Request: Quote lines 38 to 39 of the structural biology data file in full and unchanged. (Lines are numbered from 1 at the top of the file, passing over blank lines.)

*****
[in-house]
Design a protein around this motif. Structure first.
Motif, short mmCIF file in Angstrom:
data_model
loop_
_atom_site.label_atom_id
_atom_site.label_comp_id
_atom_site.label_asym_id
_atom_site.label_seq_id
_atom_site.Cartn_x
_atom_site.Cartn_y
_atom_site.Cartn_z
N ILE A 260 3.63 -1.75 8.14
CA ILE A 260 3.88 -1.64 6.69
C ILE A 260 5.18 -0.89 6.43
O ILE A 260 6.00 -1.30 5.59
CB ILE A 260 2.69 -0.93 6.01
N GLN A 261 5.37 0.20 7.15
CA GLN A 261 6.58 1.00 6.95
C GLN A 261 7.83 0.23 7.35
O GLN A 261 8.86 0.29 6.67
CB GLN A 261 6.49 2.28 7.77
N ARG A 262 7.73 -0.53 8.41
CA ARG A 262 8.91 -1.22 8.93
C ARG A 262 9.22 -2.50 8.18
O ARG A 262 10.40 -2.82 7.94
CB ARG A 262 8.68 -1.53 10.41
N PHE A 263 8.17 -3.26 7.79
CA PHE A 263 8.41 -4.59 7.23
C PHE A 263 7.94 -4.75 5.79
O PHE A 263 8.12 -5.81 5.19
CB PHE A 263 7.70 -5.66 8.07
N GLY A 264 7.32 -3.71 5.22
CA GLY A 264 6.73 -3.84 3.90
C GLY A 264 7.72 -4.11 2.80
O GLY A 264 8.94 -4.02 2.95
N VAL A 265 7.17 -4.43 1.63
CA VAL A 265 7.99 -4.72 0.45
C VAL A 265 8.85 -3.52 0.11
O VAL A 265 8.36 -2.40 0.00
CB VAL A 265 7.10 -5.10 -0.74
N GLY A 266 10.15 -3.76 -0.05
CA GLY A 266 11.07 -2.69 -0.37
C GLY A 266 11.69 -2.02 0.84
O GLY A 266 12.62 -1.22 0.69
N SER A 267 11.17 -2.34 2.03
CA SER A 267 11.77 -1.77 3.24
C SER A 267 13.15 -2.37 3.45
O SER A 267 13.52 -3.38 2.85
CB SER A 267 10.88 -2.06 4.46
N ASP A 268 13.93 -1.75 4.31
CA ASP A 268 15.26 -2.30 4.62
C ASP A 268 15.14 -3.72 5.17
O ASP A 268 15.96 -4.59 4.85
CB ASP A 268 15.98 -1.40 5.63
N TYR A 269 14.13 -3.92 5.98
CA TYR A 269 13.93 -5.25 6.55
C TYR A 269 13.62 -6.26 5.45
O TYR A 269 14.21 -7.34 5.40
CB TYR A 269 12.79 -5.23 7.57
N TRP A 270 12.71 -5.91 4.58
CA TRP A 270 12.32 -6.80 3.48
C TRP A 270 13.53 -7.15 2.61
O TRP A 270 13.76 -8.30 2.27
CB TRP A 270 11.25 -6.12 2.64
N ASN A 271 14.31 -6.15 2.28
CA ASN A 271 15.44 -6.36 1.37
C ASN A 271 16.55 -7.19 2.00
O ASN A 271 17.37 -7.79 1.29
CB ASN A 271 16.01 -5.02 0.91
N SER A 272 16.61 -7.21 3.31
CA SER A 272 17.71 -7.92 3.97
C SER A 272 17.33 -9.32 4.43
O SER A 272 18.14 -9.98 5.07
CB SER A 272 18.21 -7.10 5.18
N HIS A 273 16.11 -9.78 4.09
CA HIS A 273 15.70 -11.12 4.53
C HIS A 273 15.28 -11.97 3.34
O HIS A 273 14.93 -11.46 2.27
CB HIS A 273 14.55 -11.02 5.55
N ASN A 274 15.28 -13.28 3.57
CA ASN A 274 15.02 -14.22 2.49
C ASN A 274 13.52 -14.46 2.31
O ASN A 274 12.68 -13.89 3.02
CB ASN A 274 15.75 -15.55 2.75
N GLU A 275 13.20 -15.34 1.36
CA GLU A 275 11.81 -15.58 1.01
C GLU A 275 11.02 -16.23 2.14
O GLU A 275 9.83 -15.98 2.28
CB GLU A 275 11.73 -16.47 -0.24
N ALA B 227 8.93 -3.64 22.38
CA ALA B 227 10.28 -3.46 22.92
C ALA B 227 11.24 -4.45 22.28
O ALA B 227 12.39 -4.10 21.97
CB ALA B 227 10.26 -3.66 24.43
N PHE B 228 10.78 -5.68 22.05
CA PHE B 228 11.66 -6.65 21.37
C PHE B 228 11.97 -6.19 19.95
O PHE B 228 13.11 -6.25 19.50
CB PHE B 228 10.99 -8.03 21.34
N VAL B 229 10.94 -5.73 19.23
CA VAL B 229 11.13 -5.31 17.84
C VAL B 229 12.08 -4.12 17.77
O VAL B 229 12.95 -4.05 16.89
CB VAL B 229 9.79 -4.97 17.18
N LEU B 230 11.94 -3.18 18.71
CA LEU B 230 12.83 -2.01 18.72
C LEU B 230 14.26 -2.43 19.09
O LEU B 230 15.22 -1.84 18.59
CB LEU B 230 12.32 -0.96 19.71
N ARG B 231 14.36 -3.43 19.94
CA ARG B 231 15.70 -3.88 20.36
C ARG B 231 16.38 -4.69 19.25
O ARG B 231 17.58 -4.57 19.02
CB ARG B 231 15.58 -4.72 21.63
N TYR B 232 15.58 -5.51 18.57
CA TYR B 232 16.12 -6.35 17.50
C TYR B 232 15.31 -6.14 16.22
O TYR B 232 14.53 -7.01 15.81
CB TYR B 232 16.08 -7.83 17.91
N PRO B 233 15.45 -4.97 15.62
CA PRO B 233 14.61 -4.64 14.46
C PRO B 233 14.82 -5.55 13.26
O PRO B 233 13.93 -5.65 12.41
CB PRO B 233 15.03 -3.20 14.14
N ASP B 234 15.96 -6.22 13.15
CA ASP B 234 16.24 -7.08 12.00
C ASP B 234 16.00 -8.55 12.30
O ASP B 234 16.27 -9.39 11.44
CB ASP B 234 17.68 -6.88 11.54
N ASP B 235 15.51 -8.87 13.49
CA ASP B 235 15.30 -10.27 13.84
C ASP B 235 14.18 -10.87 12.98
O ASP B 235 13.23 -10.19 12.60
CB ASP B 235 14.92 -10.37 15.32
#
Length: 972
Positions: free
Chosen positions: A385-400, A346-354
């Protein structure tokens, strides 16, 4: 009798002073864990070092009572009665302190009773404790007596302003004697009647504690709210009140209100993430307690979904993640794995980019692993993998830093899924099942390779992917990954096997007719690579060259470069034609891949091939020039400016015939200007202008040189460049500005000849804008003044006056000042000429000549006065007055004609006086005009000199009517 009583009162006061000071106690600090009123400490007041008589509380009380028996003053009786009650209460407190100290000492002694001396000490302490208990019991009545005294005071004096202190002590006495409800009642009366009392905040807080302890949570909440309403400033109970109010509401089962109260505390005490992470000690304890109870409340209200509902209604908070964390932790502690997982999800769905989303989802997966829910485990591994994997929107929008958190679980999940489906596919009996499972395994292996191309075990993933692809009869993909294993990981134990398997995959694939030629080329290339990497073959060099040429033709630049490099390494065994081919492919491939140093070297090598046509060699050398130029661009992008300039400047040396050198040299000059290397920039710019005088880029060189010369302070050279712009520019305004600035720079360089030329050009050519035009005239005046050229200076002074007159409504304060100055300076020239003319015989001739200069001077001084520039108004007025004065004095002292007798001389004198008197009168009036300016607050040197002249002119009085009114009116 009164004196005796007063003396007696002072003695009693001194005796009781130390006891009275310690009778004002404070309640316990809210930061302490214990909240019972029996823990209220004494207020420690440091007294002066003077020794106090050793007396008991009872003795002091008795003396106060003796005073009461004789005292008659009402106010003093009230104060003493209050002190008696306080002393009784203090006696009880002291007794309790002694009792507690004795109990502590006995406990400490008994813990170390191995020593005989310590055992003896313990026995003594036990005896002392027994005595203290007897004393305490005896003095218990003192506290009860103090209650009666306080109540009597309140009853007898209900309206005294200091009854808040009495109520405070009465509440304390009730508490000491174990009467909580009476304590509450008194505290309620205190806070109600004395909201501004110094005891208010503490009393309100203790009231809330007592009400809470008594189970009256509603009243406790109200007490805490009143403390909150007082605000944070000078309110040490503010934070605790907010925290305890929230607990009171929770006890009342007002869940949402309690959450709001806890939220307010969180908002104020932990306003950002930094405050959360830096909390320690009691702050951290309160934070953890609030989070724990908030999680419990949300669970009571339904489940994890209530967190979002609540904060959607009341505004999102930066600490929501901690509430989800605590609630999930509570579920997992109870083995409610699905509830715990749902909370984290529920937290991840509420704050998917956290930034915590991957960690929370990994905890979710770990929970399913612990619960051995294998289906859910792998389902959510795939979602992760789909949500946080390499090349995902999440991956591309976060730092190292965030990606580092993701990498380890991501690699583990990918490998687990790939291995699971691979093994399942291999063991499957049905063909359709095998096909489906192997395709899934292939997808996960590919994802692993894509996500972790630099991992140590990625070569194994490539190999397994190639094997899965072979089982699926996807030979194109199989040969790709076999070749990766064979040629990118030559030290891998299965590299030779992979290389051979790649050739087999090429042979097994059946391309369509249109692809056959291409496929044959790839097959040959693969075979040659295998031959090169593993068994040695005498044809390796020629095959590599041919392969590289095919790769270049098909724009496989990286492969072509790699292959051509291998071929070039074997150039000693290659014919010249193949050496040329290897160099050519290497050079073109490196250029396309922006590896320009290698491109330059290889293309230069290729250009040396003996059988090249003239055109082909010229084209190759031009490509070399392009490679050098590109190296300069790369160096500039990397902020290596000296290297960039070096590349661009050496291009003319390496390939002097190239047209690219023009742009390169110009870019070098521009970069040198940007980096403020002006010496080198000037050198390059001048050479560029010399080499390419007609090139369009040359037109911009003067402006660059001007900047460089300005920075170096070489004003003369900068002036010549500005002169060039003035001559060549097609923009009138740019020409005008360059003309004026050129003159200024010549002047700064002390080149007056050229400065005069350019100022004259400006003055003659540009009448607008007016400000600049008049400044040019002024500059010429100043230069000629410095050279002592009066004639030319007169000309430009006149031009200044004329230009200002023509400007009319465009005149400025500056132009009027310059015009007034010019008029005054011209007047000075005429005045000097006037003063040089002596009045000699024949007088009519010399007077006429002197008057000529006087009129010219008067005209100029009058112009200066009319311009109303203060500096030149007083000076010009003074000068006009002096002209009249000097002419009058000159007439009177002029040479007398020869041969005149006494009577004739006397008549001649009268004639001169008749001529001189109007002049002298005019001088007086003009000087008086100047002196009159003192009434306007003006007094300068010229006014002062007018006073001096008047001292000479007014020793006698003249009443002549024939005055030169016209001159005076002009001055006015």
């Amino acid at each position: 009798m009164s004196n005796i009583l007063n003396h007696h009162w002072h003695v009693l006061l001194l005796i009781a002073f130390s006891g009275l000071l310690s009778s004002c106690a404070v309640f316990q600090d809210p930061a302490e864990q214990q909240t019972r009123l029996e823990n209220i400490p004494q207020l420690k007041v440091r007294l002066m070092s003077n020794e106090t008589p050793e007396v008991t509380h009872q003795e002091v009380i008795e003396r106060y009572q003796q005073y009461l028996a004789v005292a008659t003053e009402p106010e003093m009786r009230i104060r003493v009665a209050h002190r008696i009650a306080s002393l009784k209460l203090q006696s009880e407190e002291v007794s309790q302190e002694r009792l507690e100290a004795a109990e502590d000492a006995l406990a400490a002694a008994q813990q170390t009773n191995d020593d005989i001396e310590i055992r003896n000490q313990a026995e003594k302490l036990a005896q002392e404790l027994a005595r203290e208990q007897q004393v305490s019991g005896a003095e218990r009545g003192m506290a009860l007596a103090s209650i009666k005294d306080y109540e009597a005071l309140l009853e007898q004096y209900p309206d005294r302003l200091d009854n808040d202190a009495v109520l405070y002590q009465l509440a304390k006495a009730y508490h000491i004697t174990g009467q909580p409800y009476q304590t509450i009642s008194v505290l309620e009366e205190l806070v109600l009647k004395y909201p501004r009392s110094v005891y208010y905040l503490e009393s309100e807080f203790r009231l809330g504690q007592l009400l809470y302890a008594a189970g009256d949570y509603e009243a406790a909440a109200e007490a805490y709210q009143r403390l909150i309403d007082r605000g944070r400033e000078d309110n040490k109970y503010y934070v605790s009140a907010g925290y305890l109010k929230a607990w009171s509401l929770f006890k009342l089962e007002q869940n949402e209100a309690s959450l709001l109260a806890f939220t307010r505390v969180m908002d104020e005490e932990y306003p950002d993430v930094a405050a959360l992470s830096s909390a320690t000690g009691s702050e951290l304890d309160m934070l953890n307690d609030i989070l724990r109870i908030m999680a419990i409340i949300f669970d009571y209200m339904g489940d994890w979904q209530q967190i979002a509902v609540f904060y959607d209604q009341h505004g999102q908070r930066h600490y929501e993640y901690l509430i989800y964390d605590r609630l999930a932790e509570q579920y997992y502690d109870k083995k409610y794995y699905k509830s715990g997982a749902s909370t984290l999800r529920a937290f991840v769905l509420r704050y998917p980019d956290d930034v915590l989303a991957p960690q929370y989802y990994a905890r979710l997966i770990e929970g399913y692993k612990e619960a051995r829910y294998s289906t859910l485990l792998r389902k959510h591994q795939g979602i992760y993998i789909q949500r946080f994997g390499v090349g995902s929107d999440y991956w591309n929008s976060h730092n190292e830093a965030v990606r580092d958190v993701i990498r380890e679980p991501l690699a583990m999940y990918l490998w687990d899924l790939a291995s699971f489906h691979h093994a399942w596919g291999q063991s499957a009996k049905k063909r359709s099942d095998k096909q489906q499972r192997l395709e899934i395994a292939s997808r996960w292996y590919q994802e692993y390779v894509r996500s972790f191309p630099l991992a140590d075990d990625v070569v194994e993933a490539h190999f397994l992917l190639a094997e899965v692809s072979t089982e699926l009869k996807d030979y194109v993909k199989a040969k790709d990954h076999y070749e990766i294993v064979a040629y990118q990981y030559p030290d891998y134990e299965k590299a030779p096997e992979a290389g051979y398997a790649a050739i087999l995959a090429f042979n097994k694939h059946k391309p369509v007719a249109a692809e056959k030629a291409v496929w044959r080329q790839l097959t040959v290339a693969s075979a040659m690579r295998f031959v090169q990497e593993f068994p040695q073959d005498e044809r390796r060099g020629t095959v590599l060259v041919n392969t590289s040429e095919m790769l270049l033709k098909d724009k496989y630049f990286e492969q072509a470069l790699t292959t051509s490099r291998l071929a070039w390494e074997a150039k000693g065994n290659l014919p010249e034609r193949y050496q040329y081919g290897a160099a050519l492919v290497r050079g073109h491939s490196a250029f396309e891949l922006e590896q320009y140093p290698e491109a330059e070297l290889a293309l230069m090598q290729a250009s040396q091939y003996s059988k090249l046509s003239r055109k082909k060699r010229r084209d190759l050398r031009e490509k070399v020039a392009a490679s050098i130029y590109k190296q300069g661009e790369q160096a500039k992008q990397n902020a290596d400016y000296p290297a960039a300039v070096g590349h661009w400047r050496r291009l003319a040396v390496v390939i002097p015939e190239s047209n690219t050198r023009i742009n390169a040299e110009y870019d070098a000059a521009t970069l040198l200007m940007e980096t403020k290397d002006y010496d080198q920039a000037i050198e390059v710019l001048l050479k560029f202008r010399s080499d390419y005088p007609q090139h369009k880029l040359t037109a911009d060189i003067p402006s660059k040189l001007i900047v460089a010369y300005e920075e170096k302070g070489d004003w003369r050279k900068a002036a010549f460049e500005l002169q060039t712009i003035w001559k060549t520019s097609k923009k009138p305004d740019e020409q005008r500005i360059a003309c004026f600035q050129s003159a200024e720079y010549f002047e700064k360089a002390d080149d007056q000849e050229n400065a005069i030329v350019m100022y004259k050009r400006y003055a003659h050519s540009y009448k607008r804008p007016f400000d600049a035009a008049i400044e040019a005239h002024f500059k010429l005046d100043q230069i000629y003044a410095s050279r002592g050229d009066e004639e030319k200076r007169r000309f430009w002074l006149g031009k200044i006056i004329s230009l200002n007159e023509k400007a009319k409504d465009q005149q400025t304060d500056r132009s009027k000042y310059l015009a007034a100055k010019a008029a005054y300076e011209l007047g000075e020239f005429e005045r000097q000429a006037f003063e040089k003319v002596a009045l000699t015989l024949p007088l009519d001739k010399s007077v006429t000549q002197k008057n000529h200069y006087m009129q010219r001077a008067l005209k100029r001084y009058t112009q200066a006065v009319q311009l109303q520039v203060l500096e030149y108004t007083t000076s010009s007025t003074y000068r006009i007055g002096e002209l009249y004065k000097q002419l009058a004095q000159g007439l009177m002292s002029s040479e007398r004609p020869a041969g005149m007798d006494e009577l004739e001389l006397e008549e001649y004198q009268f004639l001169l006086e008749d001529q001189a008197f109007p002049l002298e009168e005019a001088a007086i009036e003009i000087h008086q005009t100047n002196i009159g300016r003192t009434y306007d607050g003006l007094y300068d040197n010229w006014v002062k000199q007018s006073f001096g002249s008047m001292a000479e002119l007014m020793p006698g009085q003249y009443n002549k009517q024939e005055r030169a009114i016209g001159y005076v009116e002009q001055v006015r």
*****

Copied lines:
CA VAL A 265 7.99 -4.72 0.45
C VAL A 265 8.85 -3.52 0.11